For patients with cancer, the only hope for treatment used to be
difficult chemotherapy and radiation. Today, though, scientists are
discovering that there may be a new avenue: cannabis. The National
Cancer Institute (NCI) is one of the foremost
authorities on cancer research and education in the United States.
Recently, the organization conducted a study into the cancer-mitigating
effects of cannabis and, according to the NCI’s web page titled
"Cannabis has been shown to kill cancer
in the laboratory."
While medical marijuana users have known for many years that medical
cannabis can be effective at treating the negative symptoms associated
with cancer, the discovery that cannabis has actually been proven to
is an exciting revelation for medical marijuana users and the greater medical community world-wide.
How Does Cannabis Affect Cancer Cells?
According to the NCI data, cannabis has been shown to critically damage
or kill cancer cells in cases of liver cancer and additional varieties
of the disease. When the effects of medical cannabis on cancer were
tested in laboratory rats, the researchers found that an active
component of marijuana,
provided important anti-tumor effects for varieties of lung cancer cells
as well as breast cancer cells. In the breast cancer study, researchers
found that, while the medical cannabis killed the cancer cells, it did
not negatively affect healthy breast cells.
Additionally, when the effects of medical cannabis were studied on
metastatic breast cancer, the treatment was shown to lessen the number,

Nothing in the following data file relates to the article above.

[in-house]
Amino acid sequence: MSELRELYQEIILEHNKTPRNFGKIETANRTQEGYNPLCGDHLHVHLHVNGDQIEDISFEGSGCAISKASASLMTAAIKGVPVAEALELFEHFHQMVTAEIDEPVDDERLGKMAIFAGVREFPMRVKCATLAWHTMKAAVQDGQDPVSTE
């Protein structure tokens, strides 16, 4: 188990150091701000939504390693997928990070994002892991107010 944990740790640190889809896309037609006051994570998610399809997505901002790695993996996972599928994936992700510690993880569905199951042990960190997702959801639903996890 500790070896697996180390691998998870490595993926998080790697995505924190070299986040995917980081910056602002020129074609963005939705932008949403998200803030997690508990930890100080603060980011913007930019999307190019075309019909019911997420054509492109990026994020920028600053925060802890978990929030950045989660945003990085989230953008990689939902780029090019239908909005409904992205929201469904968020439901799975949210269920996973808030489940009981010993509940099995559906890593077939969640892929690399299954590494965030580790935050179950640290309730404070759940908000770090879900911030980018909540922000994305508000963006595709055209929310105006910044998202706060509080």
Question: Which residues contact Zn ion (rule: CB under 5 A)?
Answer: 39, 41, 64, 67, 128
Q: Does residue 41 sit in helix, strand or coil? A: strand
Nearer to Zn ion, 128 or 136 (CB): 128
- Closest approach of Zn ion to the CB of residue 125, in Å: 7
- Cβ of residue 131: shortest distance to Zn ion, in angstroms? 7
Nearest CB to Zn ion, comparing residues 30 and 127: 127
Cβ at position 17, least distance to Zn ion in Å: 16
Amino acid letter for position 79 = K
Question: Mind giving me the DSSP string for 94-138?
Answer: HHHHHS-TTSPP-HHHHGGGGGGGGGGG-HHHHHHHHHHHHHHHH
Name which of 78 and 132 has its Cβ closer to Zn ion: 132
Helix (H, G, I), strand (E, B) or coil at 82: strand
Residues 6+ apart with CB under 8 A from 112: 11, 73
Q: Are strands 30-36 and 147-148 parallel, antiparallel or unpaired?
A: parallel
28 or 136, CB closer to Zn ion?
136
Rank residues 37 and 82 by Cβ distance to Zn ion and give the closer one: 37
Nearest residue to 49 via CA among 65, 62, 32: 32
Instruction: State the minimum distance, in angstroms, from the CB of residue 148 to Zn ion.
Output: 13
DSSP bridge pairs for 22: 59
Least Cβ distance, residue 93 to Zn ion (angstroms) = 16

size and spread rate of tumors in the body.
How Can Cannabis Be Used in Concert With Traditional Medical Treatments?
Since the legalization of medical marijuana, patients have used cannabis
to treat the pain, decreased appetite, and nausea associated with cancer
treatment. In addition to discovering that medical cannabis can actually
kill cancer cells, the NCI study also reinforced the longstanding
knowledge that marijuana can stimulate appetite, relieve pain, reduce
inflammation, soothe anxiety, induce sleep and reduce nausea and
vomiting in chemotherapy patients.
Although cannabis itself is not currently approved by the FDA to treat
cancer or its symptoms, there are two synthetic cannabinoids
that are currently approved to treat nausea and vomiting resulting from
Although further clinical trials are needed to bring the use of cannabis
fully into the cancer treatment field, all signs point to the fact that
cancer patients will soon be able to access medical marijuana as a way
to kill cancer cells and work toward maximum health.